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NEW YORK — With the city’s vaccination requirement — the most stringent in the country — set to go into effect in a week and-a-half, Mayor Bill de Blasio on Thursday continued to try to clarify how it will work.

“A good analogy is restaurants and bars are responsible for carding anyone who might be underage for drinking,” de Blasio said. “This is something as an example. Obviously, restaurants and bars are responsible for health and safety standards, they know they have an obligation to the public, and they know it’s first and foremost around health and following the laws, so this will not be uncharted territory.” 

The mayor also said that other cities are trying to adopt a similar requirement that would prohibit unvaccinated people from entering bars, restaurants, gyms, theaters and other indoor entertainment venues without proof of vaccination.  

However, he was non-committal when it came to naming which cities.

“Out of respect for each jurisdiction and how they have to do things,” said the mayor, “I’m not going to name locations. They’ll speak for themselves.”

One big city mayor who spoke for herself on the issue did so in negative terms.  

Kim Janey, of Boston, a fellow Democrat, and an African American woman, said to reporters in Boston on Wednesday, regarding a vaccination pass, that “There’s a long history in this country of people needing to show their papers… during slavery, post-slavery.”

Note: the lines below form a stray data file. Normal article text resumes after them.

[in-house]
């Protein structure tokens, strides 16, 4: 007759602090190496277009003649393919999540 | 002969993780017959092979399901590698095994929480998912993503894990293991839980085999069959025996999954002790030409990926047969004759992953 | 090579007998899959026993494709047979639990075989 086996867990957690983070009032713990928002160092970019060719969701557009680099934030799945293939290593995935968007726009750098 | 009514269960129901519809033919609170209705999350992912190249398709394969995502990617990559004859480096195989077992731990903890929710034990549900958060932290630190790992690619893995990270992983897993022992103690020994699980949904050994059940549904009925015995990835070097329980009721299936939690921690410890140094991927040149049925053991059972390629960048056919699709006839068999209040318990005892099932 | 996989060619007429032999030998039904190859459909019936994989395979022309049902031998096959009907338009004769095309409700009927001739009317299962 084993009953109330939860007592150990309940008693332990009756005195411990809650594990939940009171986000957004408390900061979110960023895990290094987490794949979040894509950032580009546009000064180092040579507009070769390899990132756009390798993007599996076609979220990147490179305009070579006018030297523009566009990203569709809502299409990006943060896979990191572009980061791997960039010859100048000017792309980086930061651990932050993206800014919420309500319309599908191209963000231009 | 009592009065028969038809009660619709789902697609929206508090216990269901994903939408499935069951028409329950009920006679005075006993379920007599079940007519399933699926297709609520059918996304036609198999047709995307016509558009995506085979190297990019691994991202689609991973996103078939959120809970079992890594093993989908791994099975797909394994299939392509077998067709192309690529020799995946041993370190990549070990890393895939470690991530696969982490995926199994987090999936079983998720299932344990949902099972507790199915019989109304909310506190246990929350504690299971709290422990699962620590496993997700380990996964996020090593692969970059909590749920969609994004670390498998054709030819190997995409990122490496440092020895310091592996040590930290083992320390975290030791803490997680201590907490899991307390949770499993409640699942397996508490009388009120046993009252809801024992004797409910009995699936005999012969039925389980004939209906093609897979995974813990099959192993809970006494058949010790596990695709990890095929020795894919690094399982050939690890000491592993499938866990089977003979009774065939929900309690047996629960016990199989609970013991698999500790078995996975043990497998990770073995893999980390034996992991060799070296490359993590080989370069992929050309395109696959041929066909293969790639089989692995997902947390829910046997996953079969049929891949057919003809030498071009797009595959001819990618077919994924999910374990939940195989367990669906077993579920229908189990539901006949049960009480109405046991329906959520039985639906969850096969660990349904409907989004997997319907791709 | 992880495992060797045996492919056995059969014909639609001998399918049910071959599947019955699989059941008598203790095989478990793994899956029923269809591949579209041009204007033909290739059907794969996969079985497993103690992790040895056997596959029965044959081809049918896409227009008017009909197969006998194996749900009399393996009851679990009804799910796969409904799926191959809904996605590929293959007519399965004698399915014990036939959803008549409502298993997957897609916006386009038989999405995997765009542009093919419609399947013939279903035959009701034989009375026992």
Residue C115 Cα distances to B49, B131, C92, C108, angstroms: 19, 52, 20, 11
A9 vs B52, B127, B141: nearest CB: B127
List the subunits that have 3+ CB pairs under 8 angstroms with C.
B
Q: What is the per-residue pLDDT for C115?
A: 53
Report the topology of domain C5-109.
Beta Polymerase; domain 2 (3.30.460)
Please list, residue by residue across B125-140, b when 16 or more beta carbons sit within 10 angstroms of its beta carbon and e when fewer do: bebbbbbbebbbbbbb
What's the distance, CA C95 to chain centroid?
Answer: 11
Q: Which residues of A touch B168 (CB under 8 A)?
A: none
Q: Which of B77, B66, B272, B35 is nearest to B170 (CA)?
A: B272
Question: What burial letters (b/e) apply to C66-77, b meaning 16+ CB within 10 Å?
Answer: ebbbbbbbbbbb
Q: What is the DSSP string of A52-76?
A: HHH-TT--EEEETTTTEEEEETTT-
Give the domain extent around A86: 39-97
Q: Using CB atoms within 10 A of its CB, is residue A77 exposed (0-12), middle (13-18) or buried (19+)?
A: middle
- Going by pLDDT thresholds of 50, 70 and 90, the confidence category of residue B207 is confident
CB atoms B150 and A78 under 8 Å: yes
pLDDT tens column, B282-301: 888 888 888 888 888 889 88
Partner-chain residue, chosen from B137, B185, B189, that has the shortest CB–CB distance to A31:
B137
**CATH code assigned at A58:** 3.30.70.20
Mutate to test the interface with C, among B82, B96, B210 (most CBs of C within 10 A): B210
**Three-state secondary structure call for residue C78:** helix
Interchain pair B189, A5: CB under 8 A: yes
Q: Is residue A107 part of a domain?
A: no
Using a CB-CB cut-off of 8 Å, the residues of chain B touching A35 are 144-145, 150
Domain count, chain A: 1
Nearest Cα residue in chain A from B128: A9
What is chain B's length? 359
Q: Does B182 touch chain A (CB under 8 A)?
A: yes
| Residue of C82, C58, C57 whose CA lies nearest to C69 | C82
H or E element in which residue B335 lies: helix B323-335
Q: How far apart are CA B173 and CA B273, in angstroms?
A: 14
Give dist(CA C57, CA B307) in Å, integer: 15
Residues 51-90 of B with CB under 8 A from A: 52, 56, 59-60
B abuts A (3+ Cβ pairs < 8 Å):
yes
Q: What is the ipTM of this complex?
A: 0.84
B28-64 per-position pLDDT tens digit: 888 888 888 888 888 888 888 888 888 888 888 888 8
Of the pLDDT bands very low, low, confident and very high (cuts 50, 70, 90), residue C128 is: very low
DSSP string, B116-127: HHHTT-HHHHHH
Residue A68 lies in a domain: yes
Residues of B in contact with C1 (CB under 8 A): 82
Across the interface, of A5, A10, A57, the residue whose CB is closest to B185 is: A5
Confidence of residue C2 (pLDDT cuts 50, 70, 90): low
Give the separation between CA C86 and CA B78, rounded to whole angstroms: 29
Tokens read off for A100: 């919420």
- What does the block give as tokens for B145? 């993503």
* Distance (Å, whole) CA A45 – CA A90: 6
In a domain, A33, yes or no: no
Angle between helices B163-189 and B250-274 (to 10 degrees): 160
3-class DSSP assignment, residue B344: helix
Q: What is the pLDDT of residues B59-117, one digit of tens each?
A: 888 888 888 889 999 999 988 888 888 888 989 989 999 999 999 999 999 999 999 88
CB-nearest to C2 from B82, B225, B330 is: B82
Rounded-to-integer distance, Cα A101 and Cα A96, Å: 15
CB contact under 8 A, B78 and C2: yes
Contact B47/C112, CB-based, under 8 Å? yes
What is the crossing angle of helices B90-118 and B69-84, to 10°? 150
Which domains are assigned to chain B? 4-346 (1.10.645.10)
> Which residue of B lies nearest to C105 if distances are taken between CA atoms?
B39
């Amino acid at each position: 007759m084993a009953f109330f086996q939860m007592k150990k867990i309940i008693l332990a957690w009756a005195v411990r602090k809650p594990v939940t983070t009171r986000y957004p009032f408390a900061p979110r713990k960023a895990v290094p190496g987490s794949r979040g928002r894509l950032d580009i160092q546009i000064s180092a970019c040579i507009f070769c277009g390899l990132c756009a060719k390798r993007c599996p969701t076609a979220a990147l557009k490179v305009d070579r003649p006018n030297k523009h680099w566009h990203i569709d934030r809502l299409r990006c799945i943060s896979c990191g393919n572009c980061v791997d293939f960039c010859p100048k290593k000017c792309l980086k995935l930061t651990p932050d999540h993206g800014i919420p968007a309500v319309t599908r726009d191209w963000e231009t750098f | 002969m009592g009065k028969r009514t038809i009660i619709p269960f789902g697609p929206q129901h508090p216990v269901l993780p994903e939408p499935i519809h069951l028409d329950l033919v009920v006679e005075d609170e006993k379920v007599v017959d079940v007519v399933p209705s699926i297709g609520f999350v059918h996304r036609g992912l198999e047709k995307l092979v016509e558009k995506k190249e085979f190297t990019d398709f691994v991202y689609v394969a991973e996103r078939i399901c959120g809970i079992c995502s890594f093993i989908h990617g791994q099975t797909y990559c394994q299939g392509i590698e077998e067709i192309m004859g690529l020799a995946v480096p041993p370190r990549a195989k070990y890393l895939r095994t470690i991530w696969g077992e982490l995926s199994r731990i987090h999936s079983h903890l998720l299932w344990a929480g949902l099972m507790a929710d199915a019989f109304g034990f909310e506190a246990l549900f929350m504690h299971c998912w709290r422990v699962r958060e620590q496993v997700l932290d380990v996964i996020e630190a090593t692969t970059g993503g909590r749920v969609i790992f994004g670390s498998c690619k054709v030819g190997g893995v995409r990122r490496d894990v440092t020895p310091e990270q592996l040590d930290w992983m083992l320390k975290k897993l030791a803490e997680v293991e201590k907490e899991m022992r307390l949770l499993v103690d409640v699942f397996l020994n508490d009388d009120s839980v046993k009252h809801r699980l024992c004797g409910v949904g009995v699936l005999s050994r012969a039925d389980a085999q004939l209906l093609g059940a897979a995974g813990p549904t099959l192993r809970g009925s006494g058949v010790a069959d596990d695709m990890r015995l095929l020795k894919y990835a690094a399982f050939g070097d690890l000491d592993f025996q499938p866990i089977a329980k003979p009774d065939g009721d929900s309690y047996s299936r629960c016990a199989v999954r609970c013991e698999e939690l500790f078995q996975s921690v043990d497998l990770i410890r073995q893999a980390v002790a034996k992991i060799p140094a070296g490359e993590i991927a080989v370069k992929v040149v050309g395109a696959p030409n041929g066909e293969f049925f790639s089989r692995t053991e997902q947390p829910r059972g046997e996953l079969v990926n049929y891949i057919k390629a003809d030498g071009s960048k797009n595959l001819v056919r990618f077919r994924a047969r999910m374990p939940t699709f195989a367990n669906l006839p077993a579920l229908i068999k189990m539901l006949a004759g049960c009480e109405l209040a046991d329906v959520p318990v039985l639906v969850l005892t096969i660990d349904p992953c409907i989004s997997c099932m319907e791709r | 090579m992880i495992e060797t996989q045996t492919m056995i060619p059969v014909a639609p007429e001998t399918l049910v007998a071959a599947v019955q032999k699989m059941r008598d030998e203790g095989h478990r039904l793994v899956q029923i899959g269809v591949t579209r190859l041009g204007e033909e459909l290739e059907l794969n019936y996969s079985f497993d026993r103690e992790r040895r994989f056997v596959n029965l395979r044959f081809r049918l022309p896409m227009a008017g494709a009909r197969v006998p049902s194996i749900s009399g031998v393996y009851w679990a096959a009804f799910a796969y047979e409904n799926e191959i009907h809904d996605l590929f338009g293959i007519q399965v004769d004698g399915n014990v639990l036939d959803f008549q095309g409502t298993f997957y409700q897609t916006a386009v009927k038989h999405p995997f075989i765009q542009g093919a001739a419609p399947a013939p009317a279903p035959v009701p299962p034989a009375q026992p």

De Blasio responded on Thursday.

“Those statements are absolutely inappropriate. This is an idea of how to save lives,” he said.

Mayor Janey of Boston has since walked back her comments.  

The vaccination pass, called the Key to NYC, is set to be implemented on Aug. 16. The city says that it will begin enforcing the Key to NYC Pass beginning Sept. 13. 

Meanwhile, Thursday was supposed to be the day when the state’s HERO Act went into effect. It requires employers to set up safety plans in their workplaces against coronavirus if the virus is officially determined to be “a highly contagious, communicable disease that presents a serious risk of harm to the public health.” 

However, the New York State Department of Health hasn’t made that designation. So on Thursday, a variety of protesters from organizations representing essential workers held a protest outside of the Dept. of Health’s offices in Lower Manhattan.

Jake Streich-Kest, of the community and labor group ALIGN NY, which organized the protest, said it did so because it needs the state to take action. 

“It’s deeply hypocritical,” Streich-Kest said about the health department’s inaction. “It’s denying reality. The facts are facts, Covid is real. We need to treat it seriously.”

The Dept. of Health has not responded to PIX11 News’ request for comment.